The better team won. I don't mean that in a "better team on the day" sense, I mean that in "Toronto is the better team, and they won." A Canadian-friendly neutral should be glad for this result because, while Toronto is obviously going to have a tough time in the CONCACAF Champions League, Vancouver under Tom Soehn would have embarrassed us all.
Long-time readers will know how much I hate match referee Dave Gantar and how eager I am to throw responsibility for the result onto his shoulders. Unfortunately, we can't blame the refereeing, which was poor but even: Joao Plata's joke of a penalty made up for Jay DeMerit's joke of a clearance off the line. The penalty never should have happened but the earlier goal should have counted; we can't complain. Nor will I rant about Mikael Yourassowsky clipping Alain Rochat's heels en route to the winning goal: there was contact but it looked incidental and accidental to me with Rochat just being unlucky to lose his balance on the run. A close but fair no call in my books.
I'm going to come back to the coaching. Again and again. I've said before that the Vancouver Whitecaps were bloody lucky to beat the Philadelphia Union and even luckier to draw the Seattle Sounders: as far as my eye can tell, Vancouver hasn't played a good game since Soehn came aboard and the Philadelphia game was the only one that was even decent. For the most part, the Whitecaps have been getting the shit kicked out of them by teams like Toronto, Chivas USA, and Sporting Kansas City.
Under Teitur Thordarson, the Vancouver Whitecaps took on Toronto FC while suffering from a number of key injuries. Yet they thoroughly outplayed Toronto in the home opener (a 4-2 win) and were even more dominant in the first leg of the Voyageurs Cup final that the team was spectacularly unlucky to only draw. In the abortive second leg, Vancouver well outplayed Toronto (although the FCs had some chances) and were en route to a well-earned 1-0 victory. This is without counting the USL-1/USSF D2 Whitecaps' performances where, with the exception of the last match in 2010 where the Cup had already been decided, Vancouver always played Toronto extremely tough and compiled a winning record.
Under Tom Soehn, Toronto has beat the everloving hell out of Vancouver twice.
His prized prodigy Jeb Brovsky was the second-worst player on the field. A goalkeeper he believes in so much he fired Mike Salmon over it, Joe Cannon, could have single-handedly cost Vancouver three goals through rank incompetence on another day. Soehn built the team. Soehn picked Cannon in the expansion draft, writing off $200,000 in valuable salary cap room for an increasingly erratic has-been. Soehn decided that Terry Dunfield can play attacking mid until he realized how crazy this was and put Brovsky in the role (which turned out to be no less crazy). Soehn decided that, when he was playing a must-win game against Toronto FC with his captain limping from a groin problem, Blake Wagner would be adequate insurance against injury. Soehn decided to play the reserves on Wednesday, which I supported, but then he decided as soon as they started losing that he had to wear out Eric Hassli and Camilo Sanvezzo trying to turn the game around, which was completely nuts.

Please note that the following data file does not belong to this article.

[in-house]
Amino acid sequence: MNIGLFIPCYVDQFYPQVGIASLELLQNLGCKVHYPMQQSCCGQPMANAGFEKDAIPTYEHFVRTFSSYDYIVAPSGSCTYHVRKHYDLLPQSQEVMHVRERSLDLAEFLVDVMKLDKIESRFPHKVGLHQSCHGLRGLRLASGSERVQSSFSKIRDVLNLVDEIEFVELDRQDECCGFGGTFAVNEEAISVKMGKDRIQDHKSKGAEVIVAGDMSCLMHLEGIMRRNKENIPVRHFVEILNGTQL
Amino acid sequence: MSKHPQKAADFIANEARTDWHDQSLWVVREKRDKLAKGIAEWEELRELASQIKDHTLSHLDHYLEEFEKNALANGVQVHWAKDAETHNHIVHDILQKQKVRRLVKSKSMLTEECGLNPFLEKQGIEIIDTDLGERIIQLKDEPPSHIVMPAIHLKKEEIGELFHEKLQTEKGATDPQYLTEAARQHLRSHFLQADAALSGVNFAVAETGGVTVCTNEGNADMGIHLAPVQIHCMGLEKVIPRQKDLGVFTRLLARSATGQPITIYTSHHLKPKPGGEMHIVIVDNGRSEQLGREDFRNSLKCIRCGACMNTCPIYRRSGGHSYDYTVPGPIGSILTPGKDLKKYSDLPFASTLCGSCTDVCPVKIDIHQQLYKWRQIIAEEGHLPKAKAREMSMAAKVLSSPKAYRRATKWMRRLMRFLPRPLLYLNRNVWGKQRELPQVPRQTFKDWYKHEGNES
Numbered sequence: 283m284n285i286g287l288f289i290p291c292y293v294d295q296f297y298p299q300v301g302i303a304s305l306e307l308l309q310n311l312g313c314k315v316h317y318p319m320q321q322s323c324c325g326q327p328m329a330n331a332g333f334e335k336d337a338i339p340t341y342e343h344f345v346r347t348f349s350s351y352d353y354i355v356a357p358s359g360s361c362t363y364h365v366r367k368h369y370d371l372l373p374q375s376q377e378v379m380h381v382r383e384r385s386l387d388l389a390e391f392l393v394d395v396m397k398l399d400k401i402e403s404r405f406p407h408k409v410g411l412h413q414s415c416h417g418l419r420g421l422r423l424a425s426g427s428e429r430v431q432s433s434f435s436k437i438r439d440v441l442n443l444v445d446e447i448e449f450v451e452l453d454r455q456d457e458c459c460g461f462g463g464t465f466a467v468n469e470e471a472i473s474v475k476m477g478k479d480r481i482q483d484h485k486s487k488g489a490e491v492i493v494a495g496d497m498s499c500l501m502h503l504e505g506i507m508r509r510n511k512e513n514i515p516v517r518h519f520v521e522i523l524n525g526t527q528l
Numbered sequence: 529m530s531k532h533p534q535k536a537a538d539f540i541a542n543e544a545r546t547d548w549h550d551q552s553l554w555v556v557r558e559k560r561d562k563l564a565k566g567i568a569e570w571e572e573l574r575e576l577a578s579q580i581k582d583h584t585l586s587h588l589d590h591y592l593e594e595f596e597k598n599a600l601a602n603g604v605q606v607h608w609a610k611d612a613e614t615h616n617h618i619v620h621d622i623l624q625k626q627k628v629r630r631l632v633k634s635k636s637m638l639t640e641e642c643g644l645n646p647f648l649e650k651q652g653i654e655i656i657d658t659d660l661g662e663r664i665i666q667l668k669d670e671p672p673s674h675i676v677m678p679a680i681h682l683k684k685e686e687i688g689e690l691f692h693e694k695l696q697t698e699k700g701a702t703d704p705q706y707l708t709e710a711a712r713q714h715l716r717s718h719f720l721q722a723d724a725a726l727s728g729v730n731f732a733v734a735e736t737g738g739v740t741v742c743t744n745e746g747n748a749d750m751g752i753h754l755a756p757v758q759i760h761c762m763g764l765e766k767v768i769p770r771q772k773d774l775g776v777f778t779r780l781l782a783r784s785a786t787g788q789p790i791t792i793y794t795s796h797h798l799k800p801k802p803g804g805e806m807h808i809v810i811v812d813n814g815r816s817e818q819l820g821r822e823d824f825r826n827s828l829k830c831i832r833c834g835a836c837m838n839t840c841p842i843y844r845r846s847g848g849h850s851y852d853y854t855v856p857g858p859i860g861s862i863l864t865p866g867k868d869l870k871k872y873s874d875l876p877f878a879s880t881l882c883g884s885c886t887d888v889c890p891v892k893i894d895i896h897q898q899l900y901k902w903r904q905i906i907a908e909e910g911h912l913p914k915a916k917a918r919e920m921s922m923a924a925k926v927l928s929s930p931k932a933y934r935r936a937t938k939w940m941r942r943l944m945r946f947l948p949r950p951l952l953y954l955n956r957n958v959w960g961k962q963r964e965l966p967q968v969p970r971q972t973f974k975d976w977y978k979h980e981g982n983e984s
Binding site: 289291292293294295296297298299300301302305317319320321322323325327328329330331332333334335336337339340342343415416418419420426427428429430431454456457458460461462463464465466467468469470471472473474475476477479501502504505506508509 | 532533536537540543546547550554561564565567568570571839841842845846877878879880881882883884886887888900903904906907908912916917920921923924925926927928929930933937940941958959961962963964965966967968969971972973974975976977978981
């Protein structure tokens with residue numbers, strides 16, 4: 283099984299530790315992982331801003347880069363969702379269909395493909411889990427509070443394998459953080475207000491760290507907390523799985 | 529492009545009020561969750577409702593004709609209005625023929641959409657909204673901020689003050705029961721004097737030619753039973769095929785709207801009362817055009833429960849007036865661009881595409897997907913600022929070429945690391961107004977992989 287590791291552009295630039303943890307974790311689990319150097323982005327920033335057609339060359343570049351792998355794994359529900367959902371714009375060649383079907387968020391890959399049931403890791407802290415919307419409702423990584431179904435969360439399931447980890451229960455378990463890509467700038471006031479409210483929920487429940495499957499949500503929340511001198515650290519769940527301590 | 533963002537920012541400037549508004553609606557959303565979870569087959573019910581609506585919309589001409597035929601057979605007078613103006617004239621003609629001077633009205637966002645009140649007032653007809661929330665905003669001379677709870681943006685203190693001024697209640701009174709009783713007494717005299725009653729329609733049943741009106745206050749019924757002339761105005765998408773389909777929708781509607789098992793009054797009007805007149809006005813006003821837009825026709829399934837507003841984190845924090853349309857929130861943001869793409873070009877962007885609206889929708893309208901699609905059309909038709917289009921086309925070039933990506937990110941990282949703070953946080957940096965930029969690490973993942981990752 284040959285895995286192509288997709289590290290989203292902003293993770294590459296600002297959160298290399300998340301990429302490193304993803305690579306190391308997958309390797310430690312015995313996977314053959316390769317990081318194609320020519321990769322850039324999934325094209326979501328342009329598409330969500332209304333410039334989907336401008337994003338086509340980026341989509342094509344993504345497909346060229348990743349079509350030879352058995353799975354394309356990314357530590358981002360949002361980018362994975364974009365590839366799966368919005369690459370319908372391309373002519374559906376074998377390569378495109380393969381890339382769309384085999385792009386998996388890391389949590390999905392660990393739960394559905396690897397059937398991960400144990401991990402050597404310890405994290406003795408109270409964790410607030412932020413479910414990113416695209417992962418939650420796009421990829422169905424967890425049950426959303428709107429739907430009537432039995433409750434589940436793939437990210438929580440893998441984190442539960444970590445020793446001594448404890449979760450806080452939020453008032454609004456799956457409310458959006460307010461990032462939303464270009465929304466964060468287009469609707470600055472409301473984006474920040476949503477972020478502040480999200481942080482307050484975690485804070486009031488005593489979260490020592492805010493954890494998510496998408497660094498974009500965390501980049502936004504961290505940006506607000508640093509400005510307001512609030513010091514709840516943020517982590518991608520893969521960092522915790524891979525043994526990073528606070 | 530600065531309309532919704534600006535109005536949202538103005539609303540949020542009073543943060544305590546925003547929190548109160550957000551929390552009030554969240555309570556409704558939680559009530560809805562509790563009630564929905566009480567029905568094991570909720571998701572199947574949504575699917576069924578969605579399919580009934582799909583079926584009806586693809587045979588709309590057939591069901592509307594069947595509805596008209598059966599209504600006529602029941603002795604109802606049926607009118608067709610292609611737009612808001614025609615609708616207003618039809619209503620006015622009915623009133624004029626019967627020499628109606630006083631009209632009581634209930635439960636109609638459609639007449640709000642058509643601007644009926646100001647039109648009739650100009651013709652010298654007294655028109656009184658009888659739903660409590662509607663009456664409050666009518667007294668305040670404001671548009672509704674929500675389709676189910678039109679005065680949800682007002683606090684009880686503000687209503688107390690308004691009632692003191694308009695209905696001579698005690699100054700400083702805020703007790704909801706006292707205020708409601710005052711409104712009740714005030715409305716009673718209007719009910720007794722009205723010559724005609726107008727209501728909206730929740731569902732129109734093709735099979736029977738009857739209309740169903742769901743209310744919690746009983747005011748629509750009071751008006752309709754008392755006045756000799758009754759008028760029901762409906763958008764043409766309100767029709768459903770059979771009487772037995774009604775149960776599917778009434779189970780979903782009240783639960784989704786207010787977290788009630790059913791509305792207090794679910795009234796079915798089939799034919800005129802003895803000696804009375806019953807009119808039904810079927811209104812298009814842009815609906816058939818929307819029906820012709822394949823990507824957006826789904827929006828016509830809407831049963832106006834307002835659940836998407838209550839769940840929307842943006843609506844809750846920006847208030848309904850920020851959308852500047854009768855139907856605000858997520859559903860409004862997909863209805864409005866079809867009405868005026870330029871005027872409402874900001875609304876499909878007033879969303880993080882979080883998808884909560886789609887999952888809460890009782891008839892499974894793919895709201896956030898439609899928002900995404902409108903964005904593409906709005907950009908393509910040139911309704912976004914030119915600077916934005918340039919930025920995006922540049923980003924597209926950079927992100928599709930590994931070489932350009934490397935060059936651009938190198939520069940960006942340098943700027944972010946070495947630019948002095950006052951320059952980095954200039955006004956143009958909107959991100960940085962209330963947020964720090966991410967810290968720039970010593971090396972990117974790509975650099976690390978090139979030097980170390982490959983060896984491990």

Of course the players aren't blameless. Jonathan Leathers gave Joao Plata far too easy a time most of the night, Jay DeMerit looked like he should have ruled himself out of the lineup, and Michael Boxall's inexperience allowed Toronto's attackers to get around him. The midfield, with the exception of Dunfield, spent too much time trying to crash the ballcarrier, which led to some nice takeaways for Gershon Koffie but also gave Toronto miles of passing room they didn't hesitate to exploit.
Yet how many of those weaknesses were absent when Thordarson coached the team? Under Teitur the central midfield was a position of strength; the ball movement was limited but you simply would not run passes by Dunfield and Koffie. Under Soehn, with the same players, it's been a catastrophic weakness for seven games and counting.
I don't pretend Teitur Thordarson was some wonder coach. He's here as the most convenient point of comparison, not because he's the saviour and we desperately need to bring him back. Detractors said he was overwhelmed in MLS and in ways it seemed like he was: he was sometimes slow to adjust, sometimes held onto his tactical substitutions until it was too late for them to help. Some of the criticisms of Thordarson were unfair but many of them weren't.
The problem is that Thordarson's replacement is leading this team into a spiral of horrible games against mediocre opposition and they're not getting any better. Old strengths are now weaknesses and old weaknesses are not improved. His lineups seem almost whimsical and you have a better chance of making the gameday eighteen if you're one of "his" boys. The players then go out and get creamed, we make excuses, and then the whole thing starts all over again.
Firing Tom Soehn mid-season right after firing Thordarson would make the Whitecaps look like a Mickey Mouse organization. This is undeniably true. But keeping a leader so obviously out of his depth might do far worse damage.